For Somalis, the lifeline holds

By Coco McCabe
For members of the Somali diaspora, the decision by Merchants Bank to keep the accounts of Somali-American money transfer operators open comes as good news. Katra Arale is among those who send money to family members in Somalia. Coco McCabe/Oxfam

In late September, Merchants Bank of California announced it would not close the accounts of Somali-American money transfer operators—a move that could have put many of them out of business and threatened a lifeline for countless people.

It’s through the money transfer operators that members of the Somali diaspora are able to send much-needed cash home to family members and friends to pay for basics like food, medical care, and school fees.

In recent years, money transfer operators have found themselves increasingly shut out of banks, and therefore unable to hold and wire money abroad. Banks maintaining accounts for money transfer operators face intense scrutiny and the threat of high fines for failing to comply with US Treasury Department rules designed to counter terrorism and discourage money laundering. With local regulators adding extra pressure, many of those banks decided the challenge of serving Somali-American money transfer operators was just too great, and shuttered their accounts instead.

But Merchants stayed in the business, reportedly handling between 60 and 80 percent of all the funds transferred from the US to Somalia. All told, Somali migrants around the globe send home about $1.3 billion a year—more than the country receives in humanitarian and development aid and foreign investment combined. From the US alone, the contributions amount to more than $200 million annually—money often scraped together from jobs that barely pay their owners enough to support families here.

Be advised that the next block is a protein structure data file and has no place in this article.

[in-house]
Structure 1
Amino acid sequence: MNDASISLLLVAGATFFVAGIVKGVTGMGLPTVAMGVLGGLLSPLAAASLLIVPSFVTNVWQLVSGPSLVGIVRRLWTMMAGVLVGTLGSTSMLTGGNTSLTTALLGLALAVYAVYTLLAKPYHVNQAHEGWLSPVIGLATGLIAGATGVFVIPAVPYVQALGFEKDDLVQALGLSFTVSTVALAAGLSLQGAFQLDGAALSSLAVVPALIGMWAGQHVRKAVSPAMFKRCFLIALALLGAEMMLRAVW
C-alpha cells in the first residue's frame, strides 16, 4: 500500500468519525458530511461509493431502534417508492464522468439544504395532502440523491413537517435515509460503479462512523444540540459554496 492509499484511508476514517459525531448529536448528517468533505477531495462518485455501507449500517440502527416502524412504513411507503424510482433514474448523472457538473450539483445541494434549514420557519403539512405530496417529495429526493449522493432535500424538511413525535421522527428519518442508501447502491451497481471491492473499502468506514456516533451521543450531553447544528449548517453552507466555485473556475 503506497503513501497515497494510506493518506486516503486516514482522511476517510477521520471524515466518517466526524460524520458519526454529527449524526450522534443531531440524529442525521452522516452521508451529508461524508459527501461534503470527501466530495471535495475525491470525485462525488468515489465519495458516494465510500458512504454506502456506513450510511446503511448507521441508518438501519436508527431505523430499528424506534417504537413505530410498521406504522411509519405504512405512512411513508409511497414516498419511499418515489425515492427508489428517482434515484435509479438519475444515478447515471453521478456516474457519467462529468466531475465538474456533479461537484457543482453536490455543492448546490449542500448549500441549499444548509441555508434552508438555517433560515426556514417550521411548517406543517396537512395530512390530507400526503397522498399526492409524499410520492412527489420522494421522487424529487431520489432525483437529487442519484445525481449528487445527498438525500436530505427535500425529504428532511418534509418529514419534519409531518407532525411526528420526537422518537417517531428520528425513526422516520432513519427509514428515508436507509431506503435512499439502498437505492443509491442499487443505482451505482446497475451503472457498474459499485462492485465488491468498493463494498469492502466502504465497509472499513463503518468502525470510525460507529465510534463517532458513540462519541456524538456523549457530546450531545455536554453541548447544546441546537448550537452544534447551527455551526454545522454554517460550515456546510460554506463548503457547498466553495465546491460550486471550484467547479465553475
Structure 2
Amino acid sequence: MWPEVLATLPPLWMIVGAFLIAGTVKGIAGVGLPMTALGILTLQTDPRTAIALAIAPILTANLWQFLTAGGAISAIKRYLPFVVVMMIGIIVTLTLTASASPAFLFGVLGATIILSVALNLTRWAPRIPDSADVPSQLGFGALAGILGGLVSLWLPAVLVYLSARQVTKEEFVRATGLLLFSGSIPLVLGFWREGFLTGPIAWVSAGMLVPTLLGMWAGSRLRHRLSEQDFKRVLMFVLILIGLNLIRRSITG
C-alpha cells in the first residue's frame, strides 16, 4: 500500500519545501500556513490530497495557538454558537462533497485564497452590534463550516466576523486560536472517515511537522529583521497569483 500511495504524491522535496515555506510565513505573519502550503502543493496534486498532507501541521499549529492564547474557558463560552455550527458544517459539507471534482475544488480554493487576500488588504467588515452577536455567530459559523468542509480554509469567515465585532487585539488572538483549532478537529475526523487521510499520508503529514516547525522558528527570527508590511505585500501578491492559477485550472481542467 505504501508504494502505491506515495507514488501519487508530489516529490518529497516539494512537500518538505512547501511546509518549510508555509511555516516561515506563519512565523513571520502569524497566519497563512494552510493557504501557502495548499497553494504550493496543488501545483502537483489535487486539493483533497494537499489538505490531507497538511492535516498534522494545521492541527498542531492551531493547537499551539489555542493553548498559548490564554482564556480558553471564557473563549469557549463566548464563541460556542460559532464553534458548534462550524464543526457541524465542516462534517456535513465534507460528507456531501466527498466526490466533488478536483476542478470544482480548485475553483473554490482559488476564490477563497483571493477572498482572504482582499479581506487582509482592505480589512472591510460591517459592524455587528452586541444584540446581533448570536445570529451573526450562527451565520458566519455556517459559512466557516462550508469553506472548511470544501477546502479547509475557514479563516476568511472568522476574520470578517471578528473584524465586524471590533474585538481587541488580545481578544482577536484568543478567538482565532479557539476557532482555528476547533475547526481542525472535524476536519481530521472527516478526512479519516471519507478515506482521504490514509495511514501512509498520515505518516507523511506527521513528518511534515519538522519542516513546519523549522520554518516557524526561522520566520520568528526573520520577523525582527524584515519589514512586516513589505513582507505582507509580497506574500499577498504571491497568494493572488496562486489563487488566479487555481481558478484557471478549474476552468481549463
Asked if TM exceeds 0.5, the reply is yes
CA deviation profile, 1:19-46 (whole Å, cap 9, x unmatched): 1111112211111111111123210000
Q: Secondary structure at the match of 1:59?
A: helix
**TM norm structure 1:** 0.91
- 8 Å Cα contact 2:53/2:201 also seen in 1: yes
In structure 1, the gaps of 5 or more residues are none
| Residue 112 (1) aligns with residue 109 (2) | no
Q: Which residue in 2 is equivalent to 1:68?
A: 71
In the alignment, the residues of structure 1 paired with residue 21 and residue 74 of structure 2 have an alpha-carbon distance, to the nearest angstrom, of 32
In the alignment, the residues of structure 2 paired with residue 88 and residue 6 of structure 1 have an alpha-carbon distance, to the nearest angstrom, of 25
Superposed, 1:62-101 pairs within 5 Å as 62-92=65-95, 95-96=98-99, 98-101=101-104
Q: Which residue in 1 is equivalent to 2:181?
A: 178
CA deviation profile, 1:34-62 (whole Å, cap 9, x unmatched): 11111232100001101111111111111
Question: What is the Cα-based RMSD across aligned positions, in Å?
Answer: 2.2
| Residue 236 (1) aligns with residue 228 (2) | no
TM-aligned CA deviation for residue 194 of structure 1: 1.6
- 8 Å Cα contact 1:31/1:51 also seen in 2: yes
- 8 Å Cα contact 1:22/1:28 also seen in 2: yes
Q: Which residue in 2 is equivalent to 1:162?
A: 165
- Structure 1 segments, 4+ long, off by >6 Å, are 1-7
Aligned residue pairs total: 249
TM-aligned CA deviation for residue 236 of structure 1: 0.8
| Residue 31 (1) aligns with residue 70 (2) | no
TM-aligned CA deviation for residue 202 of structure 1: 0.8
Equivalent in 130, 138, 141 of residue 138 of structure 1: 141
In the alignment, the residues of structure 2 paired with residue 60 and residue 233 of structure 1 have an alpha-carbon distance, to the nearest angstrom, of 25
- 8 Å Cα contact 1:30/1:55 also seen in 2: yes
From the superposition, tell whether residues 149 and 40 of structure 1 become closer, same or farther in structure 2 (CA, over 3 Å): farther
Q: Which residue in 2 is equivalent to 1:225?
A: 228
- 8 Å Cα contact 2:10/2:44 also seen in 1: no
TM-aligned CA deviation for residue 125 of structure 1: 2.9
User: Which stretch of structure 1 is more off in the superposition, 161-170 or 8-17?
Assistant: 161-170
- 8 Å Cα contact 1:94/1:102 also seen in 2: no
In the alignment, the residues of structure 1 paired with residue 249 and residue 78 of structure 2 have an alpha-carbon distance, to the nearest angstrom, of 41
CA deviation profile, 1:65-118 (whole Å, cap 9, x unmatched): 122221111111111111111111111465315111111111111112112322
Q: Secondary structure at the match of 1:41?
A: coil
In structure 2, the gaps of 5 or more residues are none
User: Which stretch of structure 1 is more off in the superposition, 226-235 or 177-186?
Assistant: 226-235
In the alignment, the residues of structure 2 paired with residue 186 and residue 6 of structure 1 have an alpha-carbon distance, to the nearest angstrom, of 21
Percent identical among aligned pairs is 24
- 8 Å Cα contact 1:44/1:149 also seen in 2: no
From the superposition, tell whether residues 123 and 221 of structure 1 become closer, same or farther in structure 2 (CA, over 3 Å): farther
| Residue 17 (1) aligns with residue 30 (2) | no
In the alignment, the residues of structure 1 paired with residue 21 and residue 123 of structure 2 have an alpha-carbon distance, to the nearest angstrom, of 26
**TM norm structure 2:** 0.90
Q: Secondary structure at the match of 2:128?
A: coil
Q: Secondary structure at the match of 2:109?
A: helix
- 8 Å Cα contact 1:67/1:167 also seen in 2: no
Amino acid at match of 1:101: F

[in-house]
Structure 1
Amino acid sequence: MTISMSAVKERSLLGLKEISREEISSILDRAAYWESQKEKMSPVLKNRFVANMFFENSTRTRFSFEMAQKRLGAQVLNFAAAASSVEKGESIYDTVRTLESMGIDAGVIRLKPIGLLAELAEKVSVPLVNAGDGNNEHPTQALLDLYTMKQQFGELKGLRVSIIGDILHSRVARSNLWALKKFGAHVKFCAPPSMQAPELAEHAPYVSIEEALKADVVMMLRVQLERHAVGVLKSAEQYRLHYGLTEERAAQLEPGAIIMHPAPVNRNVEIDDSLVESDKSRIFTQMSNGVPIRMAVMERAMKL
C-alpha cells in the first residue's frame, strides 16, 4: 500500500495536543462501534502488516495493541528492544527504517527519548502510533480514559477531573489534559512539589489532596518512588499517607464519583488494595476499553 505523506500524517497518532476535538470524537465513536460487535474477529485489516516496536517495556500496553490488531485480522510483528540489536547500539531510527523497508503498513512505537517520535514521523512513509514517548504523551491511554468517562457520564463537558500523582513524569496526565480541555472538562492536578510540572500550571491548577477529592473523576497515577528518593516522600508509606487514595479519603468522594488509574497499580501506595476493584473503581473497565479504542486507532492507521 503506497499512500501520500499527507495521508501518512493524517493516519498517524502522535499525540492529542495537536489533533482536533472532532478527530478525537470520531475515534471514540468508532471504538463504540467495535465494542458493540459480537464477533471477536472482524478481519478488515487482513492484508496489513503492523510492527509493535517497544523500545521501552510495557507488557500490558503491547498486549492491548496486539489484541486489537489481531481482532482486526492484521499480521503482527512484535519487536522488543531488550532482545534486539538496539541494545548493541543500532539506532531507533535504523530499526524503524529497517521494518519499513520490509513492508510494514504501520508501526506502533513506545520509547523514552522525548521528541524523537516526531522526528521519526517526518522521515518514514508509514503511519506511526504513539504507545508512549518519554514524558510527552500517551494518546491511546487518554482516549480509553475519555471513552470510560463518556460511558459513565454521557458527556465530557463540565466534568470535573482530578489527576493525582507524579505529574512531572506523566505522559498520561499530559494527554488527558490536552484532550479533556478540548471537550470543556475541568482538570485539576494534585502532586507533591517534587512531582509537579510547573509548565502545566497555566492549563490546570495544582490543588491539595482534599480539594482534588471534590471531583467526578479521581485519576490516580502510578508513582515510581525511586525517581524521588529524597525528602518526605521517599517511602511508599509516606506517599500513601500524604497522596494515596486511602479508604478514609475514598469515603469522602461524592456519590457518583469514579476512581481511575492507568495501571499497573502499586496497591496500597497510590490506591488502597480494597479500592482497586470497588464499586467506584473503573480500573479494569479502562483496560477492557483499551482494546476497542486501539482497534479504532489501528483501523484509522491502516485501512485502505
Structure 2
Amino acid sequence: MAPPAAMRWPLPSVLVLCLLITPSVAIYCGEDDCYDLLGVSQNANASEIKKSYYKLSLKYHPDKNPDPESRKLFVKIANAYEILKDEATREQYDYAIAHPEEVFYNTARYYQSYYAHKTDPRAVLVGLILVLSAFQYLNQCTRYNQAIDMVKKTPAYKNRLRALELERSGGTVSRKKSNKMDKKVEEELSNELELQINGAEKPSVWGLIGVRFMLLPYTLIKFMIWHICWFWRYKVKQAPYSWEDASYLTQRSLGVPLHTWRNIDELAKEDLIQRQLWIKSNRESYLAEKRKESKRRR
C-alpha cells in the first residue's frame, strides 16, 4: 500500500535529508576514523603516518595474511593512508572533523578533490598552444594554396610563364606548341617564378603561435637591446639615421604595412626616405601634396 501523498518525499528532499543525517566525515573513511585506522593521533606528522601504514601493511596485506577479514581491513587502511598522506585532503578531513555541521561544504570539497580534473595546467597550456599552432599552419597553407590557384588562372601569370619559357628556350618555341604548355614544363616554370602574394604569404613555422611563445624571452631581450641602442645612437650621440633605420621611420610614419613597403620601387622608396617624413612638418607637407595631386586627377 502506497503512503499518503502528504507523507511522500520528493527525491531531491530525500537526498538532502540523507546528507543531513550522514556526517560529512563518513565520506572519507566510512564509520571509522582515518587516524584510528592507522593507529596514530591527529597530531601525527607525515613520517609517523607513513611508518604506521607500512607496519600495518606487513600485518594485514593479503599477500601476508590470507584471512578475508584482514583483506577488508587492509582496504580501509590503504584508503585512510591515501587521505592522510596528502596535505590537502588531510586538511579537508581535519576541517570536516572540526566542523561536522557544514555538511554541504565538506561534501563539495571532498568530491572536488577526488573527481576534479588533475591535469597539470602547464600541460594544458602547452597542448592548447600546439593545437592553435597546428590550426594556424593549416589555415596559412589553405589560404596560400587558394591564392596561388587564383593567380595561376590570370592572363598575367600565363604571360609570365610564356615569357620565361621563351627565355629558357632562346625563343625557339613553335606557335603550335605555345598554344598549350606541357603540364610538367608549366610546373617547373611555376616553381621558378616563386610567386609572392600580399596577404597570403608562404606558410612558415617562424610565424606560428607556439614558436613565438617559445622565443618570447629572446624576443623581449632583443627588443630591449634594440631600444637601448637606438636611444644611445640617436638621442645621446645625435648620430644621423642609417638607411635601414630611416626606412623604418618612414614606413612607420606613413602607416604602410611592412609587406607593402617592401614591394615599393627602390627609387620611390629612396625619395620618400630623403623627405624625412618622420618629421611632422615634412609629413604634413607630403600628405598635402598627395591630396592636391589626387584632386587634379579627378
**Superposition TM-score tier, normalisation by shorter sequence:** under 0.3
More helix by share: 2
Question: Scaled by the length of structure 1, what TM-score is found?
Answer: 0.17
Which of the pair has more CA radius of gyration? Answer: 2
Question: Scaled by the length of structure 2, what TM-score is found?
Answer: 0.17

In May, Merchants announced it had had enough. Under heavy pressure from the Office of the Comptroller of the Currency, an independent regulatory agency housed in the Treasury Department, the bank said come Sept. 30, Somali-American money transfer operators would have to take their business elsewhere.

But where?

And what would families in Somalia do if Treasury Department rules cut the lifeline that fed, clothed, and educated their children?

As news of the pending closures trickled through Somali communities around the US, Oxfam and Adeso, an international humanitarian and development organization founded by Somalis, kicked into high gear. They drew media attention to the issue and brokered private conversations with key stakeholders. Merchants’ chief executive officer, Daniel Roberts, traveled to the United Arab Emirates and Djibouti to interview compliance officers who work with money transfer operators and to learn about the array of mechanisms that ensure the security of the funds as they make their way to Somali families.

In the end, Merchants made the decision to stand by the people of Somalia—and to keep the accounts of the money transfer operators open.

“Somali communities are facing the prospect of another horrific food crisis this year,” said Scott Paul, Oxfam America’s Senior Humanitarian Policy Advisor. “They may not know it, but if not for the decision of a California bank, the outlook would be even more dire. Hopefully this episode will serve as a wake-up call for the US government. If the Treasury Department can effectively ease banks back into working with money transmitters and comes up with a plan to prevent Somalia’s money transfer lifeline from being devastatingly cut, that would translate into real progress for Somali families.”   

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